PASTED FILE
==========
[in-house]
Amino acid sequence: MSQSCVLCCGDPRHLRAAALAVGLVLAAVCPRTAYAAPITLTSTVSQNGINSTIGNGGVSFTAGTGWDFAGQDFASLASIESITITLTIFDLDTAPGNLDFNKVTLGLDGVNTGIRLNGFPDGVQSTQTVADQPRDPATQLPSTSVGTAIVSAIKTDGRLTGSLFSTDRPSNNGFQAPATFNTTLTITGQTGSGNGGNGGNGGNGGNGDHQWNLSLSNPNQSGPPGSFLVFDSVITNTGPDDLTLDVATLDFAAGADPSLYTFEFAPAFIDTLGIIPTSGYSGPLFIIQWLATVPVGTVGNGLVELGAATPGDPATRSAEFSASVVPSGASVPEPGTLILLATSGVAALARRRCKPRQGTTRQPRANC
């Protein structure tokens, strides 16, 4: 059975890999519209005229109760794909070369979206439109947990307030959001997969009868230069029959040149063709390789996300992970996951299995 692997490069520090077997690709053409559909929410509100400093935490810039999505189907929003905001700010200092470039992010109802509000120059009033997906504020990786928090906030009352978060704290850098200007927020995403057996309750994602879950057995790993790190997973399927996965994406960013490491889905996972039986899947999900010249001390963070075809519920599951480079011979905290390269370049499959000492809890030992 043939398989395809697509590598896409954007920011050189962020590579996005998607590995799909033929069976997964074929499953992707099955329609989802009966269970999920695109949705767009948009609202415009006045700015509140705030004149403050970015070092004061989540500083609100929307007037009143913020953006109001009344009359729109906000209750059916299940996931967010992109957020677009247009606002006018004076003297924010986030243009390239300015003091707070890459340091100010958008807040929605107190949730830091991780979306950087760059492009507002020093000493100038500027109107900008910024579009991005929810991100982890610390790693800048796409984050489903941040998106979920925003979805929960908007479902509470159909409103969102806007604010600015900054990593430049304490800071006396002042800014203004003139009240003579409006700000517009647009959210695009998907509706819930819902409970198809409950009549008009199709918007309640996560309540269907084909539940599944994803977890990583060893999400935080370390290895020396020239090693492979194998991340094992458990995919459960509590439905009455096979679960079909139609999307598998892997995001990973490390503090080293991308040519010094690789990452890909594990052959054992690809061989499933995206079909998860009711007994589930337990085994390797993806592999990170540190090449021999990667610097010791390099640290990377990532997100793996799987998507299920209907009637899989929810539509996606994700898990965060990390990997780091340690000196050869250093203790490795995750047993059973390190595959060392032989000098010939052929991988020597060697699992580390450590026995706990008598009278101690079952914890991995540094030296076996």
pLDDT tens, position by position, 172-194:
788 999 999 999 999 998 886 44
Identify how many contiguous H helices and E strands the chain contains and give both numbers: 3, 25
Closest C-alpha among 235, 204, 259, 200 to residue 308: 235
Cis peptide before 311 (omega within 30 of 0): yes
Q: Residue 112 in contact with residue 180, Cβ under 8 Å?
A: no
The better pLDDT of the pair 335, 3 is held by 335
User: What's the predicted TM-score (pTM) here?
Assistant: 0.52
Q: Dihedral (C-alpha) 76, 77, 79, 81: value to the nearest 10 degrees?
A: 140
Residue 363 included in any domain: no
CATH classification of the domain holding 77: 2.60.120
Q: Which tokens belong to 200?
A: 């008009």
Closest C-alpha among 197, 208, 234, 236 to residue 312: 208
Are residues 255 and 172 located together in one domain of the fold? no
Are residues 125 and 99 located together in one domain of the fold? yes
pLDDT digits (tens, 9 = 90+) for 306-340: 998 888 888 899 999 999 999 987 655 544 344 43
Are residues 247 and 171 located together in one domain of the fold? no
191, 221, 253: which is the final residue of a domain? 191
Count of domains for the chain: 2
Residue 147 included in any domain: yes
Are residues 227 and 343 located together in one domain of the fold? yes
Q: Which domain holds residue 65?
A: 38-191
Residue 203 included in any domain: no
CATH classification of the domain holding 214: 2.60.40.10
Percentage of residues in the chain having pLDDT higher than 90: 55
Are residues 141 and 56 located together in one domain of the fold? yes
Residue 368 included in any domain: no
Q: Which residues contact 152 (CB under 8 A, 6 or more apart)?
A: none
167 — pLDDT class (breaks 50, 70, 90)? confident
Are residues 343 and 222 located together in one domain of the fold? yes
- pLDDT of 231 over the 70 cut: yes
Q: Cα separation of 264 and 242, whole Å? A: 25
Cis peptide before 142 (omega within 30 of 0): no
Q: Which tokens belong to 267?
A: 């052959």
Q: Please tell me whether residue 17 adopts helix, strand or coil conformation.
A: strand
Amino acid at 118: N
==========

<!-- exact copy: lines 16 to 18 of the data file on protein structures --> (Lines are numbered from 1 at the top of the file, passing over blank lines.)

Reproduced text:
Residue 363 included in any domain: no
CATH classification of the domain holding 77: 2.60.120
Q: Which tokens belong to 200?